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‘Rockabilly’ Pioneer Carl Perkins Dies Songwriter Remembered For His ‘Blue Suede Shoes’

Tue., Jan. 20, 1998

Carl Perkins, pioneer of “rockabilly” music remembered for his classic song “Blue Suede Shoes” and for his influence on mega-stars Elvis Presley and the Beatles, died Monday. He was 65.

Perkins died at Jackson-Madison County General Hospital in Nashville, Tenn., of complications following three strokes that he suffered in November and December. He had also endured bouts with lung and throat cancer.

His recording of “Blue Suede Shoes” - which sold 2 million copies before Presley performed the song - was the first and one of the few records ever to reach the top of the sales charts in all three major categories: pop, country and rhythm and blues.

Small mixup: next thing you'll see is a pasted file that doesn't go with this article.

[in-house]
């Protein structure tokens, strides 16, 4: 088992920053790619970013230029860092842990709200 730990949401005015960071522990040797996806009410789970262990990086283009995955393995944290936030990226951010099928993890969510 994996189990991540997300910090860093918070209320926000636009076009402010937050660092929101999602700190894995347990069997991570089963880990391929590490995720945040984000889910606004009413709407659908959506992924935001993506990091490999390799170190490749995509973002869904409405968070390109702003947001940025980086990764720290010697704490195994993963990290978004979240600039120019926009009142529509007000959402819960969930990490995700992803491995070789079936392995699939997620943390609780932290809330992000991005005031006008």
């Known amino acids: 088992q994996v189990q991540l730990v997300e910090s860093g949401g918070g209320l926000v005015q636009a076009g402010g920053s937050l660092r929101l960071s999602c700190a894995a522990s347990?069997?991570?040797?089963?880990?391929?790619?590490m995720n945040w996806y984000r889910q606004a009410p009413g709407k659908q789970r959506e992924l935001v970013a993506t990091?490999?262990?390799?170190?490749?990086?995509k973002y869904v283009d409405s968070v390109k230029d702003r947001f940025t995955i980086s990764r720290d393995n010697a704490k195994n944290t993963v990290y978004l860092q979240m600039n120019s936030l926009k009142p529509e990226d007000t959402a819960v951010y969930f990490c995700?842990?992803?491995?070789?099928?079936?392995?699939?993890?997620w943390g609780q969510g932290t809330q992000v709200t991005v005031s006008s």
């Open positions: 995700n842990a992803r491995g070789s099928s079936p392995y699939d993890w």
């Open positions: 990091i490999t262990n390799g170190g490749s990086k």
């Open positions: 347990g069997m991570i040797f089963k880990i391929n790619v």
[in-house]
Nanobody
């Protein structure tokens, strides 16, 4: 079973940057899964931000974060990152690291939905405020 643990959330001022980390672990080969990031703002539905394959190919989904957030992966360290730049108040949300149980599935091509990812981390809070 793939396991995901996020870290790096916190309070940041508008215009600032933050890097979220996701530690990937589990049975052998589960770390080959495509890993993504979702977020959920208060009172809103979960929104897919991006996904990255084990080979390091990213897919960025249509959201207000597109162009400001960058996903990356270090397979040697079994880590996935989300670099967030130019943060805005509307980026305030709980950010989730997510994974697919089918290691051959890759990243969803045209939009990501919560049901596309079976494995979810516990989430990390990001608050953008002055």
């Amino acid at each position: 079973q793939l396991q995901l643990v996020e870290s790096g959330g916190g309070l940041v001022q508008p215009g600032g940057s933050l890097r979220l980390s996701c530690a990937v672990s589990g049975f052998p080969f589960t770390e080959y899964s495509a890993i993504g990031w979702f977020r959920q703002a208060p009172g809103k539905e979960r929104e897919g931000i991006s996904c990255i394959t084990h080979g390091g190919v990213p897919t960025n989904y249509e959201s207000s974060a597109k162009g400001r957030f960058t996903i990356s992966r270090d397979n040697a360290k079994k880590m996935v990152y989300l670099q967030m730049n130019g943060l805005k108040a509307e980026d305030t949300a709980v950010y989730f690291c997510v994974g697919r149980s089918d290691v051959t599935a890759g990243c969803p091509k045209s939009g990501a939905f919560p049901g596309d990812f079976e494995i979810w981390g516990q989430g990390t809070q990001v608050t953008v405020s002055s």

The son of a Tennessee tenant farmer, Perkins by age 7 started playing a guitar that his father made from a cigar box, broomstick and baling wire.

Perkins’ first recording, “Movie Magg,” and second earned few sales. The third, on Dec. 19, 1955, was “Blue Suede Shoes.”

Johnny Cash suggested writing a song about such shoes, Perkins told Los Angeles Times pop music critic Robert Hilburn in 1969.

“I didn’t know what he (Cash) meant at first,” Perkins related. “A few nights later, though, I saw this boy dancing with the cutest girl you ever saw and he was telling her to keep off his shoes. Could you imagine this beautiful girl and all this guy was worried about was his shoes?”



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